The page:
Dr. Davidow

Jason H. Davidow, Ph.D., is an Associate Professor in the Department of Speech-Language-Hearing Sciences at Hofstra University. His main research interests include stuttering treatment outcomes, speech production changes during fluency-inducing conditions, the anticipation of stuttering, and stuttering measurement. Dr. Davidow teaches graduate courses in Research Design and Fluency Disorders. He also teaches the following undergraduate courses: Anatomy and Physiology of Speech, Introduction to Communication Disorders, and Exploring the Communication Sciences.

 


What do we know about why Fluency-Inducing Conditions (FICs) such as singing and prolonged speech reduce stuttering?

Overall, I would say that we don’t know too much about why the most powerful fluency-inducing conditions (FICs), such as singing, prolonged speech (i.e., speech produced at a slow rate [at least initially] that involves elongating sounds, syllables, and words, in addition to continuous phonation across word and syllable articulatory boundaries), metronomic speech (i.e., speaking one syllable or word per beat of a metronome), and chorus reading (i.e., reading or speaking the same words simultaneously with another speaker) work. For some, we do know that when persons who stutter (PWS) speak in these conditions, brain activations move towards those of normally-fluent speakers. That is, the atypical activations often seen in PWS (compared to normally-fluent speakers) will move towards those of normally-fluent speakers. There is also a sufficient amount of evidence that the speech articulators move differently (e.g., longer vowel durations, a reduction in short intervals of phonation) during these conditions compared to when PWS speak in their habitual manner. However, similar to the changing neural activations, we cannot yet conclude that the changes are necessary for the stuttering reductions.

 

Do FICs just reduce stuttering in the moment or can they be used to improve a patient’s fluency over the long term? If so, how might they be used in treatment?

FICs can be used to improve a patient’s fluency over the long term. For example, metronomic speech and prolonged speech have been used as the foundation for several treatment programs. Prolonged speech-based programs, especially for adults, have produced solid evidence for reducing the various symptoms of stuttering (i.e., behavioral, social, emotional, and cognitive).  Although metronomic speech, specifically syllable-timed speech (i.e., producing one syllable per beat), is being studied with preschoolers and school-age children, it has fallen out of favor due to the unnatural sound (i.e., robotic) it typically results in. I think it could be fruitful to study ways to make metronomic speech more natural, and we are currently doing this in my lab at Hofstra University.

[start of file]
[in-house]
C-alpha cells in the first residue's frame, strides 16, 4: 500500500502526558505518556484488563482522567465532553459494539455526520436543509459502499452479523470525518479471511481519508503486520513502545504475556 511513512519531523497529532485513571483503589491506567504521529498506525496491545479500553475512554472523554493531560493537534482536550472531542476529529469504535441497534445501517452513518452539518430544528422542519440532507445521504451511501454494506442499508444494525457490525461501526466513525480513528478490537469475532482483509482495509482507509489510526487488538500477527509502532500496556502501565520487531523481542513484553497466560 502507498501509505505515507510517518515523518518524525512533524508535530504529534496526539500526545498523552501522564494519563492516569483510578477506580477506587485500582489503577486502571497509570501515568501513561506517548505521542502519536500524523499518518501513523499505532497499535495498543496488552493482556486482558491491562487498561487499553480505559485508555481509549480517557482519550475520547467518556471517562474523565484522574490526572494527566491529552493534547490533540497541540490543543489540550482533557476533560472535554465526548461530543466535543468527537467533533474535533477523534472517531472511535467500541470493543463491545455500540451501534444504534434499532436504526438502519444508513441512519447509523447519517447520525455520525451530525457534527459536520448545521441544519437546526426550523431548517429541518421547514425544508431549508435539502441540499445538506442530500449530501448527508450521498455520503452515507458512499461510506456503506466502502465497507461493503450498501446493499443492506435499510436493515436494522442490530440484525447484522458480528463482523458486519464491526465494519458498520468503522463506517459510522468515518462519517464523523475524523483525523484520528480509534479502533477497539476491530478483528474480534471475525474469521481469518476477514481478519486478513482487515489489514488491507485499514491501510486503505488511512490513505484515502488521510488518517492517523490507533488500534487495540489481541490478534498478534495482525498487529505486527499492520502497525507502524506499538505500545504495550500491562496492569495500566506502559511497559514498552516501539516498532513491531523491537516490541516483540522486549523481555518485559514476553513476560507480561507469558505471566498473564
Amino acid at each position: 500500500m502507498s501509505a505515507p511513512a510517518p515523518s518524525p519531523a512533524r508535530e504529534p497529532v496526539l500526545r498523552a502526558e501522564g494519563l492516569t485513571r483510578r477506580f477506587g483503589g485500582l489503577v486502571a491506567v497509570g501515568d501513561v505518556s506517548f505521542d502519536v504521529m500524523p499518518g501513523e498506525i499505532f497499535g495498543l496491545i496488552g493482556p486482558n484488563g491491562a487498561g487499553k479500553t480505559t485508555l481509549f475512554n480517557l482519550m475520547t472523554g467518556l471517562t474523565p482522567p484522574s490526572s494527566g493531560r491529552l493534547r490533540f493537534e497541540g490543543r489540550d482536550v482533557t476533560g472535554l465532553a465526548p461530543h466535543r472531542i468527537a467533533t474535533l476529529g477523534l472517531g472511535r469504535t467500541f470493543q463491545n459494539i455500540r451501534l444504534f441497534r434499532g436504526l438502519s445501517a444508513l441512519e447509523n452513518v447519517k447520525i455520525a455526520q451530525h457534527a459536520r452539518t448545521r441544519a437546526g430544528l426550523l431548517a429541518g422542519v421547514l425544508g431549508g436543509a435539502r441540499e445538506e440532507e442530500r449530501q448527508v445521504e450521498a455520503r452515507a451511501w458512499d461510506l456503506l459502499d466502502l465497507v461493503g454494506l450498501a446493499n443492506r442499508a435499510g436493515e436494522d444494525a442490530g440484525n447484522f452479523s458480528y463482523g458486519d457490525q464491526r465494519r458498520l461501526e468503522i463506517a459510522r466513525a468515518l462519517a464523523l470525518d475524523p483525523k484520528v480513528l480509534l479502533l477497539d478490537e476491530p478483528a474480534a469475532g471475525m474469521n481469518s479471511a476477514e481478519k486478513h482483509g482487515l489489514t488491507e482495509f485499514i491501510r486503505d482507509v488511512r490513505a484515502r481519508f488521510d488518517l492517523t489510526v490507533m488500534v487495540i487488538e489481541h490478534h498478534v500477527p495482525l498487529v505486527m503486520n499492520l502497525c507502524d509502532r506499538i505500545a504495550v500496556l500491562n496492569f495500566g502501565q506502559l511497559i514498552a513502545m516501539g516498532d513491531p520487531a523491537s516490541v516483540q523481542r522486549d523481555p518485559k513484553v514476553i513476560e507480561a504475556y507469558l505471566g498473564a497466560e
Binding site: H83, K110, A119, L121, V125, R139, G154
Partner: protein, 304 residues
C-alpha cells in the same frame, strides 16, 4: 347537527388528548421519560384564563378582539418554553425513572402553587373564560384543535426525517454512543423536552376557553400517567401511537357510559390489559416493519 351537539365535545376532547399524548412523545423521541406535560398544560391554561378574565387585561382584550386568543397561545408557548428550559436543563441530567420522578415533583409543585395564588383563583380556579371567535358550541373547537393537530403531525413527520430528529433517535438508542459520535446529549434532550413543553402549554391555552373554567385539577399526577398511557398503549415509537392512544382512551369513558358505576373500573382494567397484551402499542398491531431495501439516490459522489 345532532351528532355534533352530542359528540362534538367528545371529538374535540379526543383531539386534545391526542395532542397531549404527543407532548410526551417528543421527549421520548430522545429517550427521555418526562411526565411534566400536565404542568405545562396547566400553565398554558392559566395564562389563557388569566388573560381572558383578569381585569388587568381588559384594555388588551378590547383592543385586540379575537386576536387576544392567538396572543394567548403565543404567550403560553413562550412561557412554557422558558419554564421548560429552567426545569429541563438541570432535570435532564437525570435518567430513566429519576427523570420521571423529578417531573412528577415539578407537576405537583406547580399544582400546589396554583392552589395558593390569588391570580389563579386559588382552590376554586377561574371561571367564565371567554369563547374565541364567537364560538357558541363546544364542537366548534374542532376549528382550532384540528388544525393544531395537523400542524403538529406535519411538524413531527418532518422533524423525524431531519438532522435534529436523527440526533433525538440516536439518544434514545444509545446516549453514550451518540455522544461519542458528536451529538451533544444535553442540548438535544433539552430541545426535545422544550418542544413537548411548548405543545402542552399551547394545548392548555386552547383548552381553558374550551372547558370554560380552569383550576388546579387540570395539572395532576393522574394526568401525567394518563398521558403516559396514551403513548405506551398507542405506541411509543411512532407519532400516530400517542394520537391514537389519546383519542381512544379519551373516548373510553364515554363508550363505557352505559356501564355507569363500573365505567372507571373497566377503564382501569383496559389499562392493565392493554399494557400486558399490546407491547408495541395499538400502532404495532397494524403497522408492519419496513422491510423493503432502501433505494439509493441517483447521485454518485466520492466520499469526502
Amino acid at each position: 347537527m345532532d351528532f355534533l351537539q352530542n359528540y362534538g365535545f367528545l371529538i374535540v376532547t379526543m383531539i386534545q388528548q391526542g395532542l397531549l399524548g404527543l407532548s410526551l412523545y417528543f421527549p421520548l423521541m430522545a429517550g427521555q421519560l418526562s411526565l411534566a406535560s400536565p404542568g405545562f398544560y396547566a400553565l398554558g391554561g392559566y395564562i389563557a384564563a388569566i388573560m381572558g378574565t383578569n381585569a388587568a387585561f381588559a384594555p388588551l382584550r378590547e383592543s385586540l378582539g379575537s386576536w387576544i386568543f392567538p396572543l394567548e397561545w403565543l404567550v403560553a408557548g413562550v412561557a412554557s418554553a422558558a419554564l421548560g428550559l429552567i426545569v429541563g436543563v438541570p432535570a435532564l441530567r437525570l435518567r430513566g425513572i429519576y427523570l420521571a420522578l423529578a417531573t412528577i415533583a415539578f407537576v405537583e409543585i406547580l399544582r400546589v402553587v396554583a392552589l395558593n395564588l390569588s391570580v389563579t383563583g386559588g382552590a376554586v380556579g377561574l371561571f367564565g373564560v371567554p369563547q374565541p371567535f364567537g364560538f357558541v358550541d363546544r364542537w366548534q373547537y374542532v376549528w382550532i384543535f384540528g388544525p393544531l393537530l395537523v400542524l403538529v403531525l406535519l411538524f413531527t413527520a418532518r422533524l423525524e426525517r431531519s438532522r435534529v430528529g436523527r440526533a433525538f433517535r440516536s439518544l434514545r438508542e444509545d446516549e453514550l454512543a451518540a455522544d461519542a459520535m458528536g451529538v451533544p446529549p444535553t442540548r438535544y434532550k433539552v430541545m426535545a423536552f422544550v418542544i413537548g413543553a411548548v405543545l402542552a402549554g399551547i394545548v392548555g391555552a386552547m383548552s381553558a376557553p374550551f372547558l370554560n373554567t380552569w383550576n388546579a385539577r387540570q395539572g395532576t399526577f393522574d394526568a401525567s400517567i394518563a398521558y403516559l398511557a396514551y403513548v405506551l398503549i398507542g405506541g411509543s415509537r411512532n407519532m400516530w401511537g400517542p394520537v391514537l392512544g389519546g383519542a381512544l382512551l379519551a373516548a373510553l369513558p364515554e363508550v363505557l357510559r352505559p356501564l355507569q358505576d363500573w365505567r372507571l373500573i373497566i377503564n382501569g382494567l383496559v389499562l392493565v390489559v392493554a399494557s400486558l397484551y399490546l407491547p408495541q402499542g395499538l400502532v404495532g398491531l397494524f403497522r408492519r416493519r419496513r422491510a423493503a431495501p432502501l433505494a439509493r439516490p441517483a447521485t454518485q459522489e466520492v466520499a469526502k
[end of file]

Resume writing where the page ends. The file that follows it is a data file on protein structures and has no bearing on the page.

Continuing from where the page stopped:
In the treatment context, clients typically begin using prolonged speech in a very slow manner and eventually speed up to sound natural. In the most successful programs, clients spend many hours practicing the pattern with reading, monologues, in-person conversations, and phone conversations. In addition, there are several transfer and maintenance activities and criteria for meeting goals of low levels of stuttering and naturalness during the different stages of the programs. All of these treatment components seem critical to the success of the programs in reducing the various symptoms of stuttering.  

Some PWS use certain components of prolonged speech (e.g., gentle onsets or light articulatory contacts) in order to make an anticipated stuttering moment less severe, instead of using a treatment protocol that calls for reshaping their speech pattern, as described above.  The manner in which prolonged speech will be used depends on several factors, including, for example, the needs of the client, past treatment experiences, and the amount of time the client can commit to practicing the skill.   

 

People do not always realize the total impact that a stutter can have on a person, such as the stress of avoiding language that may lead to a stutter. What are some of the effects of stuttering that people do not know about?

Yes, it can be stressful to try to avoid troublesome words. For full disclosure, I am a person who stutters, and I used to avoid sounds, words, and situations, as many other PWS have done. Trying to always be fluent, especially when you do not have the tools to do so, can be extremely taxing. The available literature, in particular qualitative studies, can give the reader a detailed picture of some of the underlying issues (i.e., the non-behavioral components) with stuttering. As can be seen from this literature, and from speaking to many PWS, the disorder can be debilitating. For some it is constantly on their mind, prevents them from entering desired situations, meeting people, etc. Think about not ordering what you want to eat, and ordering something you do not really like, because you are embarrassed to stutter in front of a stranger. Stuttering may also prevent a person from applying for a job they want and are qualified for due to the amount of speaking that may be required. As can be seen by these examples, stuttering may prevent many desired activities and place PWS in a “confined space.”